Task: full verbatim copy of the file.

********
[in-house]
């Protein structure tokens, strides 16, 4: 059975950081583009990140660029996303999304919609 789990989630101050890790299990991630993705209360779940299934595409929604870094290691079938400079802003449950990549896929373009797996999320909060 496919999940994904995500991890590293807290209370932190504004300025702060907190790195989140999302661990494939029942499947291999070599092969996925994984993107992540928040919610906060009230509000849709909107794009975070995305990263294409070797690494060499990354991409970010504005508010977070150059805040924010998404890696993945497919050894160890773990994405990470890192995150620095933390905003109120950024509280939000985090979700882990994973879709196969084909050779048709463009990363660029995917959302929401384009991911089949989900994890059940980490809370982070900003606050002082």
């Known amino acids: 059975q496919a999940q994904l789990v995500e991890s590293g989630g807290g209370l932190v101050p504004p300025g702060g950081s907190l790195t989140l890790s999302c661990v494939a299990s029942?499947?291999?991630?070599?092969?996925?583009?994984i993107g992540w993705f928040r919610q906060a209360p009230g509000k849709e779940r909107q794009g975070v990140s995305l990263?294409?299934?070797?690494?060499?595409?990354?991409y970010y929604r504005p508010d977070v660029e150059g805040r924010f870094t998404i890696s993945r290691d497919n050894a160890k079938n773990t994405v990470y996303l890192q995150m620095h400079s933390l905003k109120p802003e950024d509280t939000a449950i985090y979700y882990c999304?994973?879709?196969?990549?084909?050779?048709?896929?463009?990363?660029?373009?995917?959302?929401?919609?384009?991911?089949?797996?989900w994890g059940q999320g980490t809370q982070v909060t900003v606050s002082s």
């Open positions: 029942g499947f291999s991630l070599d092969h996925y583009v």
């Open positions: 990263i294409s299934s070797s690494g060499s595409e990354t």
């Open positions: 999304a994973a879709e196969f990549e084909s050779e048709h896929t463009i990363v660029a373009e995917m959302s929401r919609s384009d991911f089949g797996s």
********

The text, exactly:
[in-house]
């Protein structure tokens, strides 16, 4: 059975950081583009990140660029996303999304919609 789990989630101050890790299990991630993705209360779940299934595409929604870094290691079938400079802003449950990549896929373009797996999320909060 496919999940994904995500991890590293807290209370932190504004300025702060907190790195989140999302661990494939029942499947291999070599092969996925994984993107992540928040919610906060009230509000849709909107794009975070995305990263294409070797690494060499990354991409970010504005508010977070150059805040924010998404890696993945497919050894160890773990994405990470890192995150620095933390905003109120950024509280939000985090979700882990994973879709196969084909050779048709463009990363660029995917959302929401384009991911089949989900994890059940980490809370982070900003606050002082």
């Known amino acids: 059975q496919a999940q994904l789990v995500e991890s590293g989630g807290g209370l932190v101050p504004p300025g702060g950081s907190l790195t989140l890790s999302c661990v494939a299990s029942?499947?291999?991630?070599?092969?996925?583009?994984i993107g992540w993705f928040r919610q906060a209360p009230g509000k849709e779940r909107q794009g975070v990140s995305l990263?294409?299934?070797?690494?060499?595409?990354?991409y970010y929604r504005p508010d977070v660029e150059g805040r924010f870094t998404i890696s993945r290691d497919n050894a160890k079938n773990t994405v990470y996303l890192q995150m620095h400079s933390l905003k109120p802003e950024d509280t939000a449950i985090y979700y882990c999304?994973?879709?196969?990549?084909?050779?048709?896929?463009?990363?660029?373009?995917?959302?929401?919609?384009?991911?089949?797996?989900w994890g059940q999320g980490t809370q982070v909060t900003v606050s002082s």
């Open positions: 029942g499947f291999s991630l070599d092969h996925y583009v």
């Open positions: 990263i294409s299934s070797s690494g060499s595409e990354t």
């Open positions: 999304a994973a879709e196969f990549e084909s050779e048709h896929t463009i990363v660029a373009e995917m959302s929401r919609s384009d991911f089949g797996s």